Willard Grant Conspiracy – There’s a kind of hush
It was perfect. I awoke on Saturday morning and peeked through my curtains to find the skies gray and the city of Boston lightly being snowed upon. Some time later I stepped outside, on my way to interview Willard Grant Conspiracy, and I stopped and looked around for a minute. And listened. It was pretty quiet. Not silent, just … quiet. When it snows here, the city slows down ever so slightly, as if everyone had just stopped for a minute and looked around and listened at the exact same time I did. Willard Grant Conspiracy is just like one of these days. Slightly mysterious, quiet. Serene. Beautiful.
These guys are not a country band, first and foremost. “Just because it’s acoustic guitar centered doesn’t mean it’s country,” says singer and co-songwriter Robert (this is a first-name-only band). “I don’t detect a hint of country. I think it’s more in the Nick Drake vein, actually.” Whatever vein it’s in really doesn’t matter. All one really needs to know is that it’s genuine, gorgeous music.
Willard Grant Conspiracy was born about a year and a half ago, a result of a few people sitting around for the purpose of making music. That’s it. Most of the members of the band all play in other, louder bands in Boston. The initial pressing of their first CD, 3 A.M. Sunday @ Fortune Otto’s (Dahlia Records), has, for the most part, been exhausted. The CD found its way overseas via Glitterhouse, where it put up decent numbers, and the band even did a four-city mini-tour in The Netherlands. “We did three rock clubs, and one festival of Dutch poets and composers. We were the only non-Dutch act at the festival, so they called it an ‘international’ festival,” Robert says, smiling. The band was somewhat surprised at their reception overseas. “When we played, the people got really quiet,” Robert says. “Even on the skanky floors of the three rock clubs, people were sitting down.”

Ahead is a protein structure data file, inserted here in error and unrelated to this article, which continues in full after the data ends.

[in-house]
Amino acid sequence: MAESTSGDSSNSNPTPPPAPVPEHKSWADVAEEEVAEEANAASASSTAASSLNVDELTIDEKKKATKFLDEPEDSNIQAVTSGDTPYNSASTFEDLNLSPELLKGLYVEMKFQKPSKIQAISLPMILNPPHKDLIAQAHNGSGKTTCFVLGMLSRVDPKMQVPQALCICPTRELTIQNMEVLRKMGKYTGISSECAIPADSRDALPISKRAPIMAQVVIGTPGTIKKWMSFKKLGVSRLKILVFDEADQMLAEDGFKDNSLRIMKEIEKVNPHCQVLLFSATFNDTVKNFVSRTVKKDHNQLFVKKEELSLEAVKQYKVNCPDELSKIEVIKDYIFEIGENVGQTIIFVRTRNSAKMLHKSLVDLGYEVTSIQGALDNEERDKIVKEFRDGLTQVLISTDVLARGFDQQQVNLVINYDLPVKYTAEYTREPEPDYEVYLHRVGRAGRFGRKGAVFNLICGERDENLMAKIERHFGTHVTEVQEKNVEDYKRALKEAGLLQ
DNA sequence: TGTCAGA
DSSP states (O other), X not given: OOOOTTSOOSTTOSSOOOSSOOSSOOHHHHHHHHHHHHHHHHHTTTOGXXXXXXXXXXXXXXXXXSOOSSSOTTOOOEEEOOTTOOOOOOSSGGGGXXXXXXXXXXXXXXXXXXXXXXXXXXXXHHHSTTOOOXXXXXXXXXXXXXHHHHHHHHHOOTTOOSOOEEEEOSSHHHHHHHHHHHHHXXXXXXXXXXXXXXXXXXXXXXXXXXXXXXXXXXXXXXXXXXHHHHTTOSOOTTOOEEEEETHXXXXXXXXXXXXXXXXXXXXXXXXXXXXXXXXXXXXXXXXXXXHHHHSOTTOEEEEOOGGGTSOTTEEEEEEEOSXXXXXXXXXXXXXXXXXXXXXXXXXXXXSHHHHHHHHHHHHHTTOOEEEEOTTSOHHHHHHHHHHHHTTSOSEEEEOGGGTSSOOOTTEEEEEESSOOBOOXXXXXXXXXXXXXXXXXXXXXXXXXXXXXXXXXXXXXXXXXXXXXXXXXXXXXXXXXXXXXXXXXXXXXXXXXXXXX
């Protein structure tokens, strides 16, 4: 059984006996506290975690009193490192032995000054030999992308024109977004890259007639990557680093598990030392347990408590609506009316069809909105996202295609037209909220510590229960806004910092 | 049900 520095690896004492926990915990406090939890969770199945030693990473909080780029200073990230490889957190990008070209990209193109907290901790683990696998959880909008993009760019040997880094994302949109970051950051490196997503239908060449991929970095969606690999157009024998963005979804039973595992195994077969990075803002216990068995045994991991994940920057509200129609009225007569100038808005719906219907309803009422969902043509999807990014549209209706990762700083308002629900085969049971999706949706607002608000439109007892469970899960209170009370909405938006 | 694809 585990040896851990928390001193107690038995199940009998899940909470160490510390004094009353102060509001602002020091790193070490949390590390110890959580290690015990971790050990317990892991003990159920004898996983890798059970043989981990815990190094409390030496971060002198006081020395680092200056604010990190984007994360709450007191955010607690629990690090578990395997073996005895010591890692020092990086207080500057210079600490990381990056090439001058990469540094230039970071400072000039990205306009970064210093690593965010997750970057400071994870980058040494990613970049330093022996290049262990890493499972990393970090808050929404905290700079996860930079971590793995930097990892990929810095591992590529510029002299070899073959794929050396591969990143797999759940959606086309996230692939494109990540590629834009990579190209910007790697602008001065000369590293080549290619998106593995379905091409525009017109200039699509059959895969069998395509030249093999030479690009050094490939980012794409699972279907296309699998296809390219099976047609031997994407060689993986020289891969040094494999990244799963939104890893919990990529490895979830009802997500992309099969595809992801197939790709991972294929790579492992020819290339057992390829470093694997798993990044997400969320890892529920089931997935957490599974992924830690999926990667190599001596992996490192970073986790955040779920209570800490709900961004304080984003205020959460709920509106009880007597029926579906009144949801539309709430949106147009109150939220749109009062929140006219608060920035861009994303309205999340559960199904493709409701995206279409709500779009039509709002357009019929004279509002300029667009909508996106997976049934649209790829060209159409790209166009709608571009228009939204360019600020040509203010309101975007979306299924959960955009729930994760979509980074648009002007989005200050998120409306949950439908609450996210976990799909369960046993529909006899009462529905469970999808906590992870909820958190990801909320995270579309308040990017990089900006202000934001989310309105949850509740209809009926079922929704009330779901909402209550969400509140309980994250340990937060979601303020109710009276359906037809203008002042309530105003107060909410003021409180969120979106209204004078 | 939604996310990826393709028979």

The issue of crowd noise then comes up. Guitarist Sean hits the nail on the head: “What can you do? You’re not in church. You can’t say, ‘Can you be quiet?’ No one will like you. I’ve never seen it work.” Later on that night, watching the band perform, I notice barely a peep is heard. Captivating.
For the record, the band is made up of three core members, and as Robert puts it, “whoever else shows up.” Sean adds, “It’s like a central tree trunk, and there’s lots of other stuff sticking to it. Robert sings and writes, I play guitar and other stuff, and Paul plays guitar and other stuff.”
That very night, watching them performing live, I realize what a treat it is for Boston to have a band like this. In a town where loud-rock is prevalent and buzzing guitars rattle the ear-drums of concert-goers, WGC is a breath of fresh air.
By the time I walked out, the snow had stopped. The darkness had taken over, and again, there was quiet. I began humming a Willard Grant Conspiracy song to myself. It was perfect.